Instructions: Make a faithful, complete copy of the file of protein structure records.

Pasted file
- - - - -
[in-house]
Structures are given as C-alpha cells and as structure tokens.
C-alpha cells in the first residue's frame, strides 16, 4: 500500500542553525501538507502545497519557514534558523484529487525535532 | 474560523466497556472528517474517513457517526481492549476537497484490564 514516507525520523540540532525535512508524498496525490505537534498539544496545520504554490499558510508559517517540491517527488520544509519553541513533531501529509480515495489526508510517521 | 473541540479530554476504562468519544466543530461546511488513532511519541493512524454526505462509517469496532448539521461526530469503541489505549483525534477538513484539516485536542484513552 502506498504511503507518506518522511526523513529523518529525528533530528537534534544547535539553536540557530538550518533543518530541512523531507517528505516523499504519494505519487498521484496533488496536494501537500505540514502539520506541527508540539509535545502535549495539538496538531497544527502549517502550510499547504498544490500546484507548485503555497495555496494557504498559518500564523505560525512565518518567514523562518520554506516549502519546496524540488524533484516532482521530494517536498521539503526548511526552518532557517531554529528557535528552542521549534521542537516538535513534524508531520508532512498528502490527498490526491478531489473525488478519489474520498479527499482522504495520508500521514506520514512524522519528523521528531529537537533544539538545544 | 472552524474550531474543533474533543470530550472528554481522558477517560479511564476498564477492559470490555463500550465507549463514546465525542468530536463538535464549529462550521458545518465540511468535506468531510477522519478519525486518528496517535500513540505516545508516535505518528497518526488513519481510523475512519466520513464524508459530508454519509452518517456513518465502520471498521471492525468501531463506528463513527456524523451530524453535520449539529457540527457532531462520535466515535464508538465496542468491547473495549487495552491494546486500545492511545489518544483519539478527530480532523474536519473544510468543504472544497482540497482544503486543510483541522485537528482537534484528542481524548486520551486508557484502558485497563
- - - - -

[in-house]
Structures are given as C-alpha cells and as structure tokens.
C-alpha cells in the first residue's frame, strides 16, 4: 500500500542553525501538507502545497519557514534558523484529487525535532 | 474560523466497556472528517474517513457517526481492549476537497484490564 514516507525520523540540532525535512508524498496525490505537534498539544496545520504554490499558510508559517517540491517527488520544509519553541513533531501529509480515495489526508510517521 | 473541540479530554476504562468519544466543530461546511488513532511519541493512524454526505462509517469496532448539521461526530469503541489505549483525534477538513484539516485536542484513552 502506498504511503507518506518522511526523513529523518529525528533530528537534534544547535539553536540557530538550518533543518530541512523531507517528505516523499504519494505519487498521484496533488496536494501537500505540514502539520506541527508540539509535545502535549495539538496538531497544527502549517502550510499547504498544490500546484507548485503555497495555496494557504498559518500564523505560525512565518518567514523562518520554506516549502519546496524540488524533484516532482521530494517536498521539503526548511526552518532557517531554529528557535528552542521549534521542537516538535513534524508531520508532512498528502490527498490526491478531489473525488478519489474520498479527499482522504495520508500521514506520514512524522519528523521528531529537537533544539538545544 | 472552524474550531474543533474533543470530550472528554481522558477517560479511564476498564477492559470490555463500550465507549463514546465525542468530536463538535464549529462550521458545518465540511468535506468531510477522519478519525486518528496517535500513540505516545508516535505518528497518526488513519481510523475512519466520513464524508459530508454519509452518517456513518465502520471498521471492525468501531463506528463513527456524523451530524453535520449539529457540527457532531462520535466515535464508538465496542468491547473495549487495552491494546486500545492511545489518544483519539478527530480532523474536519473544510468543504472544497482540497482544503486543510483541522485537528482537534484528542481524548486520551486508557484502558485497563